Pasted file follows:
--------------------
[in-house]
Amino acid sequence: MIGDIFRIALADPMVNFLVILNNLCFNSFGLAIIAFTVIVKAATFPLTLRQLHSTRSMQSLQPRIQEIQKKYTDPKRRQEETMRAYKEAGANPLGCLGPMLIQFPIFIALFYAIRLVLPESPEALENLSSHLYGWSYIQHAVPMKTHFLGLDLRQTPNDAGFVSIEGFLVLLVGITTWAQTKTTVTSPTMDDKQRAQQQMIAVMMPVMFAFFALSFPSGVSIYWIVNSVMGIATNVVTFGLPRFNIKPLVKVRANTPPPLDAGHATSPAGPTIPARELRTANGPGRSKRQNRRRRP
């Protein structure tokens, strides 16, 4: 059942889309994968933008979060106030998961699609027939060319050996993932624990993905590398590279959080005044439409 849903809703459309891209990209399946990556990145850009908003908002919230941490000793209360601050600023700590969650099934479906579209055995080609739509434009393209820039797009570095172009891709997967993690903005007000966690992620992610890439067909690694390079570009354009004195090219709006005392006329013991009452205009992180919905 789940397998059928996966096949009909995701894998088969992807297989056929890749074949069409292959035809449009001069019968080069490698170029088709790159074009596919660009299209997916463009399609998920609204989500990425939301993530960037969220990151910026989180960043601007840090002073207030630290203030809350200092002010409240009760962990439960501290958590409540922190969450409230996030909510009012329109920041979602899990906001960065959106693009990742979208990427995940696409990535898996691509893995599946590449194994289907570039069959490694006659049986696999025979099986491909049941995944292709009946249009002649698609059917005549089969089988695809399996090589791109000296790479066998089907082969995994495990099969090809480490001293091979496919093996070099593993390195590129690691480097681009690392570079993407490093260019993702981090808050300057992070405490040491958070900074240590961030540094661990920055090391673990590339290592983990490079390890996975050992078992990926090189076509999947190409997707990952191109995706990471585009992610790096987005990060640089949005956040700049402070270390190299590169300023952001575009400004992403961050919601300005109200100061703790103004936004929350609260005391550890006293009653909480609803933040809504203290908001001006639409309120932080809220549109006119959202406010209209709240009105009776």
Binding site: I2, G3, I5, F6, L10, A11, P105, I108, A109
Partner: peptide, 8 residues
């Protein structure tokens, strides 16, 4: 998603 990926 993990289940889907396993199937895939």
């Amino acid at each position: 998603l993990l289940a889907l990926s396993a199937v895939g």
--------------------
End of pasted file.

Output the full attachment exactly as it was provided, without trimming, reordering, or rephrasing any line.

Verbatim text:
[in-house]
Amino acid sequence: MIGDIFRIALADPMVNFLVILNNLCFNSFGLAIIAFTVIVKAATFPLTLRQLHSTRSMQSLQPRIQEIQKKYTDPKRRQEETMRAYKEAGANPLGCLGPMLIQFPIFIALFYAIRLVLPESPEALENLSSHLYGWSYIQHAVPMKTHFLGLDLRQTPNDAGFVSIEGFLVLLVGITTWAQTKTTVTSPTMDDKQRAQQQMIAVMMPVMFAFFALSFPSGVSIYWIVNSVMGIATNVVTFGLPRFNIKPLVKVRANTPPPLDAGHATSPAGPTIPARELRTANGPGRSKRQNRRRRP
């Protein structure tokens, strides 16, 4: 059942889309994968933008979060106030998961699609027939060319050996993932624990993905590398590279959080005044439409 849903809703459309891209990209399946990556990145850009908003908002919230941490000793209360601050600023700590969650099934479906579209055995080609739509434009393209820039797009570095172009891709997967993690903005007000966690992620992610890439067909690694390079570009354009004195090219709006005392006329013991009452205009992180919905 789940397998059928996966096949009909995701894998088969992807297989056929890749074949069409292959035809449009001069019968080069490698170029088709790159074009596919660009299209997916463009399609998920609204989500990425939301993530960037969220990151910026989180960043601007840090002073207030630290203030809350200092002010409240009760962990439960501290958590409540922190969450409230996030909510009012329109920041979602899990906001960065959106693009990742979208990427995940696409990535898996691509893995599946590449194994289907570039069959490694006659049986696999025979099986491909049941995944292709009946249009002649698609059917005549089969089988695809399996090589791109000296790479066998089907082969995994495990099969090809480490001293091979496919093996070099593993390195590129690691480097681009690392570079993407490093260019993702981090808050300057992070405490040491958070900074240590961030540094661990920055090391673990590339290592983990490079390890996975050992078992990926090189076509999947190409997707990952191109995706990471585009992610790096987005990060640089949005956040700049402070270390190299590169300023952001575009400004992403961050919601300005109200100061703790103004936004929350609260005391550890006293009653909480609803933040809504203290908001001006639409309120932080809220549109006119959202406010209209709240009105009776």
Binding site: I2, G3, I5, F6, L10, A11, P105, I108, A109
Partner: peptide, 8 residues
């Protein structure tokens, strides 16, 4: 998603 990926 993990289940889907396993199937895939």
């Amino acid at each position: 998603l993990l289940a889907l990926s396993a199937v895939g």